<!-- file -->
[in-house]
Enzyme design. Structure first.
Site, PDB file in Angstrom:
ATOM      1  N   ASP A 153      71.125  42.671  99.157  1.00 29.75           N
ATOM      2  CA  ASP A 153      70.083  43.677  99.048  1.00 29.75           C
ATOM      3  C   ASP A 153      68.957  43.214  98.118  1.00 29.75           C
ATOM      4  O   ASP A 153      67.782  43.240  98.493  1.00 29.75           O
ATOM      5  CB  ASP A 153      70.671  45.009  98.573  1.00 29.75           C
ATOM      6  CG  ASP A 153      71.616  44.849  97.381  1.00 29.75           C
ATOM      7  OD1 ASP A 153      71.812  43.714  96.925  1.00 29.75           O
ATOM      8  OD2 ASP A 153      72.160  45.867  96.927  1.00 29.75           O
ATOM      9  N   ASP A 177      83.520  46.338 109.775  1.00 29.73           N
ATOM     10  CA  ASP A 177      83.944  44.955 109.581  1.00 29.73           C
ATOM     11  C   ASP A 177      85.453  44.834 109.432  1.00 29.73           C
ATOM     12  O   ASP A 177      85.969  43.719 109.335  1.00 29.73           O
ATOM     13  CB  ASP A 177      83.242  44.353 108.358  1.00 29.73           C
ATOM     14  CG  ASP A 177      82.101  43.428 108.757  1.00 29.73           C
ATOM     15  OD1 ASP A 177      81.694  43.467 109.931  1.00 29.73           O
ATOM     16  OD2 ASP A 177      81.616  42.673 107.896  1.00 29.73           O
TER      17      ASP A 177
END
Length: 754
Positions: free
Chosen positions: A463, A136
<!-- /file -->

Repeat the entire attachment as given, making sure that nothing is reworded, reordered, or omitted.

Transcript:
[in-house]
Enzyme design. Structure first.
Site, PDB file in Angstrom:
ATOM      1  N   ASP A 153      71.125  42.671  99.157  1.00 29.75           N
ATOM      2  CA  ASP A 153      70.083  43.677  99.048  1.00 29.75           C
ATOM      3  C   ASP A 153      68.957  43.214  98.118  1.00 29.75           C
ATOM      4  O   ASP A 153      67.782  43.240  98.493  1.00 29.75           O
ATOM      5  CB  ASP A 153      70.671  45.009  98.573  1.00 29.75           C
ATOM      6  CG  ASP A 153      71.616  44.849  97.381  1.00 29.75           C
ATOM      7  OD1 ASP A 153      71.812  43.714  96.925  1.00 29.75           O
ATOM      8  OD2 ASP A 153      72.160  45.867  96.927  1.00 29.75           O
ATOM      9  N   ASP A 177      83.520  46.338 109.775  1.00 29.73           N
ATOM     10  CA  ASP A 177      83.944  44.955 109.581  1.00 29.73           C
ATOM     11  C   ASP A 177      85.453  44.834 109.432  1.00 29.73           C
ATOM     12  O   ASP A 177      85.969  43.719 109.335  1.00 29.73           O
ATOM     13  CB  ASP A 177      83.242  44.353 108.358  1.00 29.73           C
ATOM     14  CG  ASP A 177      82.101  43.428 108.757  1.00 29.73           C
ATOM     15  OD1 ASP A 177      81.694  43.467 109.931  1.00 29.73           O
ATOM     16  OD2 ASP A 177      81.616  42.673 107.896  1.00 29.73           O
TER      17      ASP A 177
END
Length: 754
Positions: free
Chosen positions: A463, A136